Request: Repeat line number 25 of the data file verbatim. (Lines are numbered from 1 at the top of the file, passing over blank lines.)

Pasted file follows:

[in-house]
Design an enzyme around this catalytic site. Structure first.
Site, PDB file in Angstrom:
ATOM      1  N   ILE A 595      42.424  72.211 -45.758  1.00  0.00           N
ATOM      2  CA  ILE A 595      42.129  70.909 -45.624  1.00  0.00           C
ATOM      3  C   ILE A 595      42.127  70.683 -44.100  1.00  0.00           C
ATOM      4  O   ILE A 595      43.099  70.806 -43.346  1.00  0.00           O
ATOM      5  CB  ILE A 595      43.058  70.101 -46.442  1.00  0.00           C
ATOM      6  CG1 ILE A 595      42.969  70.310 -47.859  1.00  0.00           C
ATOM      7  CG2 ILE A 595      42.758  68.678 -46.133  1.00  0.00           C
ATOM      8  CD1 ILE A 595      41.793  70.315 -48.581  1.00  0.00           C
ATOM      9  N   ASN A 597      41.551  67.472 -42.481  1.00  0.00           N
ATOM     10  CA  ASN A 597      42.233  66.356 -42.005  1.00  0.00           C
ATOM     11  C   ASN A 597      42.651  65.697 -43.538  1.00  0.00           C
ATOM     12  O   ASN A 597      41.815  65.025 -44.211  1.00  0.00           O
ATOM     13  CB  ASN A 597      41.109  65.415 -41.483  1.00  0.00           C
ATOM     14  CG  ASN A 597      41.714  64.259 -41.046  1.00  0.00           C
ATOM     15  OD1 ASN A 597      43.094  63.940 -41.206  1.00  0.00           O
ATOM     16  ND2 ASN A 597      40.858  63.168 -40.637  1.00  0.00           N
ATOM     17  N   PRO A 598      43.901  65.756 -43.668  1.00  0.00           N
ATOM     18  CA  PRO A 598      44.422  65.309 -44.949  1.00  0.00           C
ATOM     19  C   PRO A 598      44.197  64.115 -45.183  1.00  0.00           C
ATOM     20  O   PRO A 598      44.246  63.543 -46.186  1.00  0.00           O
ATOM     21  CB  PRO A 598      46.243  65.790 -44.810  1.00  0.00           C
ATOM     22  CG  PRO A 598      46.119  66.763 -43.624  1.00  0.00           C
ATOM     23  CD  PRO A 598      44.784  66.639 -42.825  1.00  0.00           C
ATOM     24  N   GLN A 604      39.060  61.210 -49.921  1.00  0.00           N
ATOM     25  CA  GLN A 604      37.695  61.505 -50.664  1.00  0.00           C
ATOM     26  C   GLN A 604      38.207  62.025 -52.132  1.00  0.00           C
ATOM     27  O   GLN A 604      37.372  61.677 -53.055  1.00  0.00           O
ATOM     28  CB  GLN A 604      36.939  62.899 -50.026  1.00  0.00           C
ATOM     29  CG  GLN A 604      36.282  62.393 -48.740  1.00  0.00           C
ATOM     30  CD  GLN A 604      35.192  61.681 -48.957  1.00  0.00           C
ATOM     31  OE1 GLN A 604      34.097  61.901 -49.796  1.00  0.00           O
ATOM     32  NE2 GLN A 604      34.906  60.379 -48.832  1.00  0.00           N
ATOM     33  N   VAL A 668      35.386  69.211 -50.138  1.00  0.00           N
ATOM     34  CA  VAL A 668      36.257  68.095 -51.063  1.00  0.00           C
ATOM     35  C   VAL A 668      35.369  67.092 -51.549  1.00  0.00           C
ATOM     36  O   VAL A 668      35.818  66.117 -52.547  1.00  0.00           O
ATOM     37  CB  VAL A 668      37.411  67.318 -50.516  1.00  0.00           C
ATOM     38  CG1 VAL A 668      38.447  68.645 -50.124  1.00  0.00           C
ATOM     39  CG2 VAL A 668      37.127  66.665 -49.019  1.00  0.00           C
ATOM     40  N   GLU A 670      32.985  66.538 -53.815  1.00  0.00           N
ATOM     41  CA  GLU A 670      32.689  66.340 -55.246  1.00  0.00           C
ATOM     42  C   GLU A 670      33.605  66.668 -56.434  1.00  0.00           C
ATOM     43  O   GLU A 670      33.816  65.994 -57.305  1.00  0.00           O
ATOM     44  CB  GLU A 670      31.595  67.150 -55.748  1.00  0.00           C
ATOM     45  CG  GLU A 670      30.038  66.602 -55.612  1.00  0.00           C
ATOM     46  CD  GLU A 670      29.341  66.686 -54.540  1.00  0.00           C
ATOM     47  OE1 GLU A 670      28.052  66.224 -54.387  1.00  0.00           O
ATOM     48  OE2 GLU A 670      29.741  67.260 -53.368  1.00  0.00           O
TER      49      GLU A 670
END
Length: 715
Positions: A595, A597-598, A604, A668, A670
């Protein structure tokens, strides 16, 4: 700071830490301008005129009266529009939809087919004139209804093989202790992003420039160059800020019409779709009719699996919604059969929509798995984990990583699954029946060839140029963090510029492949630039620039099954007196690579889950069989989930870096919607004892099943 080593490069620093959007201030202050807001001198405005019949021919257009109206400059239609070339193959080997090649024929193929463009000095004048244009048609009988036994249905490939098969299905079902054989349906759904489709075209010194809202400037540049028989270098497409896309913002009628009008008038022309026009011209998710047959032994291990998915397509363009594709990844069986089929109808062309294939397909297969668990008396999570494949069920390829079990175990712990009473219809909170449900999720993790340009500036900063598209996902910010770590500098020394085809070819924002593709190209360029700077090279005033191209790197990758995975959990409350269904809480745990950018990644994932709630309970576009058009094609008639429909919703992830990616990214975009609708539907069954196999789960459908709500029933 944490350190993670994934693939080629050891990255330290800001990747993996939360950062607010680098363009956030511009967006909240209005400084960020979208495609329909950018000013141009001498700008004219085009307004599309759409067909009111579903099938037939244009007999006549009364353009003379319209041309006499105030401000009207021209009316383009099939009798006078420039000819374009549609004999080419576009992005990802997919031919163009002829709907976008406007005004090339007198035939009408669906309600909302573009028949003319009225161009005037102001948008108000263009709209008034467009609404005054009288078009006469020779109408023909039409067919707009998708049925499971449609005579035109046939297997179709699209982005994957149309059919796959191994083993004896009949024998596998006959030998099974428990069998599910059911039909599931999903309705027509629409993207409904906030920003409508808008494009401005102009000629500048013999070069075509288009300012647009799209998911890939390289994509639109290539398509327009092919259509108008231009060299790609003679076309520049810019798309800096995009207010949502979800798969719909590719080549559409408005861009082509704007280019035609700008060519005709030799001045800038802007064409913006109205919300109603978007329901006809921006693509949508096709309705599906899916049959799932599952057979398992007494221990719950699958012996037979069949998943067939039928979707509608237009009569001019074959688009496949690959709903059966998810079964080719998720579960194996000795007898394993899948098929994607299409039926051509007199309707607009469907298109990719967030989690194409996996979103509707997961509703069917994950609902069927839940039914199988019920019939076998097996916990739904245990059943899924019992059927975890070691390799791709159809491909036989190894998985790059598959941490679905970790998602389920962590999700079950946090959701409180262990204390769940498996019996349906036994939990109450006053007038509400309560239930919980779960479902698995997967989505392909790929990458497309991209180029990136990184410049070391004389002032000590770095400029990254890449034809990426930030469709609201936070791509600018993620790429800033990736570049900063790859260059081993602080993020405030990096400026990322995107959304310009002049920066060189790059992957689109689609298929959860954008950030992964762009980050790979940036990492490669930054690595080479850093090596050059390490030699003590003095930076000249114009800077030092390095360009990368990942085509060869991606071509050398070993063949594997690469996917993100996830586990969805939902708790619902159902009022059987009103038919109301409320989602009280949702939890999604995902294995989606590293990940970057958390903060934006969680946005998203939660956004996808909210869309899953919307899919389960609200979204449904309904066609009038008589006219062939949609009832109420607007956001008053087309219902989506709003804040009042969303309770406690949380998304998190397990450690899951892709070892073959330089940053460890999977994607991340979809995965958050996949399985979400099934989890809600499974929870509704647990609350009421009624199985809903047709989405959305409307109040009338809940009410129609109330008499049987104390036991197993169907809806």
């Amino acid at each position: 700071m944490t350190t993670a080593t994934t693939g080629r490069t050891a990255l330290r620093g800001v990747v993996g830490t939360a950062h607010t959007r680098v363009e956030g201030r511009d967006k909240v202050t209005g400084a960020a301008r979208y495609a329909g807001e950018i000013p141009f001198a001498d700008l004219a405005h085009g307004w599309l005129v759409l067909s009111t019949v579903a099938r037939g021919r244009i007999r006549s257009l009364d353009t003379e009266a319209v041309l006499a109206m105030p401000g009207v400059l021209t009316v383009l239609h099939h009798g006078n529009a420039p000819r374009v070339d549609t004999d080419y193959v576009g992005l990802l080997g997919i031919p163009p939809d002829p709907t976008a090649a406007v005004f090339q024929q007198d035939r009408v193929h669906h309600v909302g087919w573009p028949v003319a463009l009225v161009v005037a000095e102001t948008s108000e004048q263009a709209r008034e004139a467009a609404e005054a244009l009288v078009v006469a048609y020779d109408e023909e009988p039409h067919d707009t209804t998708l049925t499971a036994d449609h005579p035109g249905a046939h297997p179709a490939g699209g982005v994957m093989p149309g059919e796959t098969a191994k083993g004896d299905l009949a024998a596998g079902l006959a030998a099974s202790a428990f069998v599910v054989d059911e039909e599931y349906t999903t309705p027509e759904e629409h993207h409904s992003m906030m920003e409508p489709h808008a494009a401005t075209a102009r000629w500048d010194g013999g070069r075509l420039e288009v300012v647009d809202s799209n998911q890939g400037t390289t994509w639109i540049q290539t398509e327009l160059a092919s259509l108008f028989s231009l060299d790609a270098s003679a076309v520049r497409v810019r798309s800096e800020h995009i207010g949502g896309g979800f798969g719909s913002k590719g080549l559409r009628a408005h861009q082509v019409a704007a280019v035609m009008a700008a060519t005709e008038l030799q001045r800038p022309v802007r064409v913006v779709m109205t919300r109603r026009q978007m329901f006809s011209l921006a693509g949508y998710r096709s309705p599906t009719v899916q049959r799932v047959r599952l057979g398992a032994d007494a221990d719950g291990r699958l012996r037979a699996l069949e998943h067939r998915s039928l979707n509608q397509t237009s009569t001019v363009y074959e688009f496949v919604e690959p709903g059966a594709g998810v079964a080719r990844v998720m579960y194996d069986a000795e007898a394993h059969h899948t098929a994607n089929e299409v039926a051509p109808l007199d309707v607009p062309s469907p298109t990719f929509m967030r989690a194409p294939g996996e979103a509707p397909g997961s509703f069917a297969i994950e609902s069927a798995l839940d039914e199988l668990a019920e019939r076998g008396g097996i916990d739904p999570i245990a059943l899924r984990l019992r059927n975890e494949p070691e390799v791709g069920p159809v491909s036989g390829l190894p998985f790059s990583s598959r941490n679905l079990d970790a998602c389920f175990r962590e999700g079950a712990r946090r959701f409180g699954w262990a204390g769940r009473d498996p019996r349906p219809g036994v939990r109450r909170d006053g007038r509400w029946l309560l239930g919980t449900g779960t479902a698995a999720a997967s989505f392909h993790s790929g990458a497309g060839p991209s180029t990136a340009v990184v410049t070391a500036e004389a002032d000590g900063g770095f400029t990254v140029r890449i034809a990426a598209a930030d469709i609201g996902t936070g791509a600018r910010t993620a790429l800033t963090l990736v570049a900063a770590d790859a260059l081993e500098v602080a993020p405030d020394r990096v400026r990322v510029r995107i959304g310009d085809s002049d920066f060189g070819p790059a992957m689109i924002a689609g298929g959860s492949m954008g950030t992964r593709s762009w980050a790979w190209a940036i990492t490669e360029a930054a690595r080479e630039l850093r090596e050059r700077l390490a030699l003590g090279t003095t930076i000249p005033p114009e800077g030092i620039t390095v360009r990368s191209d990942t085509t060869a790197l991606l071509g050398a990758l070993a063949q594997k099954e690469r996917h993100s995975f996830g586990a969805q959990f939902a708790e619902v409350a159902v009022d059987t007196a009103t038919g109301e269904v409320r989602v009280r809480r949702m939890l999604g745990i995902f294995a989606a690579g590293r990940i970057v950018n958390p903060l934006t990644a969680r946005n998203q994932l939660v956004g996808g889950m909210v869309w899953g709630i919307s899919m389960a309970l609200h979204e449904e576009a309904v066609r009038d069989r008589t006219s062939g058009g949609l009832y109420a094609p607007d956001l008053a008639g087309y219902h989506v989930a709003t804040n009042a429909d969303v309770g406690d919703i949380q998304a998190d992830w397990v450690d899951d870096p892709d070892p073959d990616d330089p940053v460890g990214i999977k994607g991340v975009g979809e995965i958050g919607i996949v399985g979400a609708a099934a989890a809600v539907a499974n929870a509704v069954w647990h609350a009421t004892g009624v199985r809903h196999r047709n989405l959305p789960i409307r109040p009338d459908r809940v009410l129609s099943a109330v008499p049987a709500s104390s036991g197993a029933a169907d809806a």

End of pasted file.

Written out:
ATOM     22  CG  PRO A 598      46.119  66.763 -43.624  1.00  0.00           C